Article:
LSI: Good Cause for Excitement!
I almost jumped in the air in front of my foundation peers the other day. If I had taken flight, it would’ve been for good reason. I was honored to attend the Leadership and Sustainability Institute’s briefing “From Planning to Action” at the Open Society Foundation’s offices this past Wednesday. There the assembled audience heard from Shawn Dove, manager of the Campaign for Black Male Achievement and the hardest working brotha (out of many) in the philanthropic sector. I think of CBMA as the critical galvanizing force for the growing black men and boys’ wellness movement across the nation, as its reach and depth of involvement in communities is unparalleled. I was also quietly excited to hear Mr. George Soros speak, and took solace in his description of his own early life challenges from witnessing the devastation of Jewish persecution and the Holocaust in central Europe and the totalitarian takeover of his birth nation, Hungary, after World War II. Both of these seemingly insurmountable events drove him both to pledge to work for a more open global society AND to know that – as my grandmother would say – “trouble don’t last always.” I thought that larger historical reference was a suitable springboard for us to discuss the next steps for moving the needle for the well-being of African American males.
Shawn (OSF) and Andrew Wolk (Root Cause) gave us a rundown on LSI’s structure and planning process to date. Angela Glover Blackwell (PolicyLink) made an elegant and impassioned case for the necessity of stability and sustainability as part of movement building. Trabian Shorters (Knight Foundation), Robert Thornton (Skillman Foundation), Maisha Simmons (Robert Wood Johnson Foundation), Joe Jones (Center for Urban Families), and Ray Colmenar (California Endowment) all spoke about the opportunities to intersect LSI’s aims and strategies with their respective movement work across the nation. And later, the indomitable Geoffrey Canada (Harlem Children’s Zone) spoke about thinking big and investing bigger.
I wanted to share my perspective on the importance of LSI having entry points for smaller players, like the Mitchell Kapor Foundation and our College Bound Brotherhood, to participate in this critical network and conduit of resources and knowledge. As I spoke about the young men involved in our Brotherhood program, I could barely contain my zeal. “We’re talking about real people’s LIVES,” I thought. “Real people and real potential! Everyone wants a chance to contribute, and we’re missing the boat with so many of our young people!” And that’s when I almost leapt off the floor as I was speaking.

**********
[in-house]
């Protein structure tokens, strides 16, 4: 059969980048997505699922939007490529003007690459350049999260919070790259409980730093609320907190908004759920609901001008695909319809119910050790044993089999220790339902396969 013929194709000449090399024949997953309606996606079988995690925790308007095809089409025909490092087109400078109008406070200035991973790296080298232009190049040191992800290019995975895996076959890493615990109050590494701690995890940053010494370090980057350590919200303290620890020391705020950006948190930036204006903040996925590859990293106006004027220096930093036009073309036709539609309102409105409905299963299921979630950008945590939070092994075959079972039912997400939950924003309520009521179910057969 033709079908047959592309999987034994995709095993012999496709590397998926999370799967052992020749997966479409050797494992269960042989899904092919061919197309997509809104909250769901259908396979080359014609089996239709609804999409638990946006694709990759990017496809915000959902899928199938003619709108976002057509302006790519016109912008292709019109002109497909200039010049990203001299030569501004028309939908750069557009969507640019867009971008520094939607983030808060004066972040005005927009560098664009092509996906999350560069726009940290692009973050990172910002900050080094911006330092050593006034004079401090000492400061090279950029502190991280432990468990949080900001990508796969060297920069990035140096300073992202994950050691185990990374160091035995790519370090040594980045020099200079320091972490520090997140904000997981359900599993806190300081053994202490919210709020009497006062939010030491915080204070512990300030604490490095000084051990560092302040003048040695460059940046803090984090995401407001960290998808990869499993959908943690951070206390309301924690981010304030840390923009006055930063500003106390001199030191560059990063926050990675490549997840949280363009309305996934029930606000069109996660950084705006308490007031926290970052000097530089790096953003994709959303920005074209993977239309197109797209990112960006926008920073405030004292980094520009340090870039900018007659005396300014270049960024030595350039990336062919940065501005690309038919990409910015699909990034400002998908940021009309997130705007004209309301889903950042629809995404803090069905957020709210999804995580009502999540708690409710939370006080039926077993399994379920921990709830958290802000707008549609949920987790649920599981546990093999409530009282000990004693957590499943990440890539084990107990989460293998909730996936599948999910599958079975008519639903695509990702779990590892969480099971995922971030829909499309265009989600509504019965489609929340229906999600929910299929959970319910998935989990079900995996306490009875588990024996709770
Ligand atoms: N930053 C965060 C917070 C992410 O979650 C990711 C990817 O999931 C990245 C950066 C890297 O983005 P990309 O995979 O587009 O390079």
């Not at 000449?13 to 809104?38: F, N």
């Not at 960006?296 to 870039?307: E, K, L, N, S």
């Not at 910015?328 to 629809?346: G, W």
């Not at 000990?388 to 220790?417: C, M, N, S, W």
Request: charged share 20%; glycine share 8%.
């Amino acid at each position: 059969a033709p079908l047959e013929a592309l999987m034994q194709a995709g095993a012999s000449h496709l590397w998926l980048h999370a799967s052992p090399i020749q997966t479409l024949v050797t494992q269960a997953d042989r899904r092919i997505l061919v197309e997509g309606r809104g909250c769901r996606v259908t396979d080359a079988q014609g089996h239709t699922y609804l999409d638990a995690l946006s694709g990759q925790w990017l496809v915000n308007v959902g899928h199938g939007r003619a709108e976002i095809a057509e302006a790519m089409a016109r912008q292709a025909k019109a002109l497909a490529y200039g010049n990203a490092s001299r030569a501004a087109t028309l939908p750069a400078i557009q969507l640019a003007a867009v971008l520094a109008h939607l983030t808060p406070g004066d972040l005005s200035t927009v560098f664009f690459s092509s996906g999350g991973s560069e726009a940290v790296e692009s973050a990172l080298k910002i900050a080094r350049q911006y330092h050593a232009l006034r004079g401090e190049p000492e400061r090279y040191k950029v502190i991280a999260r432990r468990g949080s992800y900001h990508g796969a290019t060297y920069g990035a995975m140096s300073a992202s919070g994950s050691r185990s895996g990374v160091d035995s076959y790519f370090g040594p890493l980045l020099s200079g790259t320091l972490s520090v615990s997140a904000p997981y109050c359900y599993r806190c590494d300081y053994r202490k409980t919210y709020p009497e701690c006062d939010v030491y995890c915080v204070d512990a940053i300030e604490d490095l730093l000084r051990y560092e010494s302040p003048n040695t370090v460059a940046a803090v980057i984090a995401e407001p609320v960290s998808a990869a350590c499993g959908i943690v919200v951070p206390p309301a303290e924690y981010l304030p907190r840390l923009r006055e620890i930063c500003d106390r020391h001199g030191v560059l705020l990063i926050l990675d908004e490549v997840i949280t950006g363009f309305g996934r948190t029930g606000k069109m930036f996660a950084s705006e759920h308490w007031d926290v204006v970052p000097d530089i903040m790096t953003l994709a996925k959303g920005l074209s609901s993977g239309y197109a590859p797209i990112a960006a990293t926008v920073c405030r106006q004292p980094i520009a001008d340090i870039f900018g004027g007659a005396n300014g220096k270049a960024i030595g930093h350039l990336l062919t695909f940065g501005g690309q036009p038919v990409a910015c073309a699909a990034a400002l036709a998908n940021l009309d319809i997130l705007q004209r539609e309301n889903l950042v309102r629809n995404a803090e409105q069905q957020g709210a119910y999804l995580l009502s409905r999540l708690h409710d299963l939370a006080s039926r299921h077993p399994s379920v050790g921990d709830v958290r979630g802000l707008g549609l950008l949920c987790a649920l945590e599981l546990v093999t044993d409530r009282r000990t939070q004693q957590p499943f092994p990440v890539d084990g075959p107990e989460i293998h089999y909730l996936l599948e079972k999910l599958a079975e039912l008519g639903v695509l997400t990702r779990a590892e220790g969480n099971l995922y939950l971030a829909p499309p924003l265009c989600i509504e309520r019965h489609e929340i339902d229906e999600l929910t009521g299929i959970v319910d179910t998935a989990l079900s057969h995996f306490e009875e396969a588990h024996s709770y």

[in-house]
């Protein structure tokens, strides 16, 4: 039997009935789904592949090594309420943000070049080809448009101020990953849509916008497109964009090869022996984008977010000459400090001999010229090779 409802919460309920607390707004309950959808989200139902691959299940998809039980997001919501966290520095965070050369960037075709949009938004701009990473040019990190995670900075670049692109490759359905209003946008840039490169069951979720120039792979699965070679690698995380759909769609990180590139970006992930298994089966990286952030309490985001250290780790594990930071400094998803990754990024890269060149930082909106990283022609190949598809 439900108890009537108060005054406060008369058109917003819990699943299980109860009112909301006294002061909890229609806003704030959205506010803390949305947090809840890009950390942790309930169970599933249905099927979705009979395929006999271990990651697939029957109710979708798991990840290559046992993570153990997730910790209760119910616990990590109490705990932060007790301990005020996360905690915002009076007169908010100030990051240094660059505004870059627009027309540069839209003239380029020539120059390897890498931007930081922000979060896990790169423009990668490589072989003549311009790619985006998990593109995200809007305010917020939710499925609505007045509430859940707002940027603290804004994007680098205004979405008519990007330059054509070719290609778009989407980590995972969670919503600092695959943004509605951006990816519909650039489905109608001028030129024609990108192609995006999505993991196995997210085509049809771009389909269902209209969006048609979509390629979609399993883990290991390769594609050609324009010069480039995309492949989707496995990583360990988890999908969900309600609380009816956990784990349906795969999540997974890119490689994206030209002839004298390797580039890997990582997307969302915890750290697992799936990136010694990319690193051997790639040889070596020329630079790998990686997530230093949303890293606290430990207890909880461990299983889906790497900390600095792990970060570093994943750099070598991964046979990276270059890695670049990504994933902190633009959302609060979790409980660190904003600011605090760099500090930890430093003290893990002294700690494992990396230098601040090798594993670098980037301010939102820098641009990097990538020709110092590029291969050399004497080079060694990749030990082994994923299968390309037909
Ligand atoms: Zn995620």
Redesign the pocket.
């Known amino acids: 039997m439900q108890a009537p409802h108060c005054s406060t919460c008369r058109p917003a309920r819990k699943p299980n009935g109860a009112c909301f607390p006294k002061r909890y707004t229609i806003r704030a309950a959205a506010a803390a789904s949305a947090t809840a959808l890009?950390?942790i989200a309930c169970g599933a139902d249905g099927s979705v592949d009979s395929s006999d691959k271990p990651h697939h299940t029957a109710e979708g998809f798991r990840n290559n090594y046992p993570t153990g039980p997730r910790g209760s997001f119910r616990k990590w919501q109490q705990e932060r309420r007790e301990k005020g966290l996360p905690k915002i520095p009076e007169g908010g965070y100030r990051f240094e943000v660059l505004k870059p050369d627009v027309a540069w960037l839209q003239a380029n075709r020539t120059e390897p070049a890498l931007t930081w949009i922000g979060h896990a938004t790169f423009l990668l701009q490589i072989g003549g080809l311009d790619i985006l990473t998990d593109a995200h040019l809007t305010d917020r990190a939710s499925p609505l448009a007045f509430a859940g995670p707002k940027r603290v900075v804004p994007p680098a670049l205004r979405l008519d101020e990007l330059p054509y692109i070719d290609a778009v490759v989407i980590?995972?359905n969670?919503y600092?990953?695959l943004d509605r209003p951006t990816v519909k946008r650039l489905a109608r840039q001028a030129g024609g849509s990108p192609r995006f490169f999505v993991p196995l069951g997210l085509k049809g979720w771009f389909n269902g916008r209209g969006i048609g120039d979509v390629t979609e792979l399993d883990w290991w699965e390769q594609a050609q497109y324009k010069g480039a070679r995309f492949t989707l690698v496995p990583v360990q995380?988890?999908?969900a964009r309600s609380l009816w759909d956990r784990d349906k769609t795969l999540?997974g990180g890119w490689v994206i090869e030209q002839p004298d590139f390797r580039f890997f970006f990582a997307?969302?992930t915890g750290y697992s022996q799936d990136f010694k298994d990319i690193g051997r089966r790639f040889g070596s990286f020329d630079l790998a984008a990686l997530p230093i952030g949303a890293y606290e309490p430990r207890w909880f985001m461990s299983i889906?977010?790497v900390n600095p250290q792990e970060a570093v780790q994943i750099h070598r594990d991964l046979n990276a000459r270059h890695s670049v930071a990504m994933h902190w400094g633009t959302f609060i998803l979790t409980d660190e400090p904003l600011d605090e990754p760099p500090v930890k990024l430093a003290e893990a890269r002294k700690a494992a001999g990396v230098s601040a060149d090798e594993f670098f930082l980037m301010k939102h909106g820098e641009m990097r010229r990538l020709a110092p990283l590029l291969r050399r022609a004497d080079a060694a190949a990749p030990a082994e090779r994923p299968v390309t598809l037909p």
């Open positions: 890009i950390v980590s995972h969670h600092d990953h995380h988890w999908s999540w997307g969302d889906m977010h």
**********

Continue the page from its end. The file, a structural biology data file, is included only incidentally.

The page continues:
In that moment I was also reminded of Dr. Julianne Malveaux, the noted economist and college president emerita. She once recounted hearing a speech by an unnamed Washington DC mayor who banged a fist on the podium and declared “I’ll do anything to keep the Redskins in town!” Banging her fist on the podium in a similar style, Dr. Malveaux asked the audience “What would you do anything for? To save the lives of young people?” It was an inspiring call to action. I was drawing upon that energy when thinking about the community people who were not in that posh, heavily-secured conference room with us. Sometimes these conversations get dry. They become divorced from the passion and intensity that fuels urgency and intention. I’m saying that we all should have a moment, when thinking of our work, where we jump off of the floor because we’re excited or upset or cajoling others to be involved. LSI could provide that reason to jump as we look to build a network of leaders and organizations that will sustain and ensure the success of black boys, men, communities, and the nation. So whether it’s a leap of faith or for life, please, come jump with us!
Cedric Brown is the CEO of the Mitchell Kapor Foundation, a San Francisco-based family foundation. He has over 20 years of experience as an educator and funder, working with the SF Foundation, SF Education Fund, Switzer Foundation, SF Cultural Equity Grants, and Level Playing Field Institute among others. He serves as the chair of Bay Area Blacks in Philanthropy and is a board/committee member of Northern California Grantmakers, Funders Committee for Civic Participation, and Council on Foundation’s Family Philanthropy Committee. Cedric received the 2010 Emerging Leader in Philanthropy Award from the Association for Black Foundation Executives and was profiled as a 2011 Changemaker in the San Francisco Chronicle.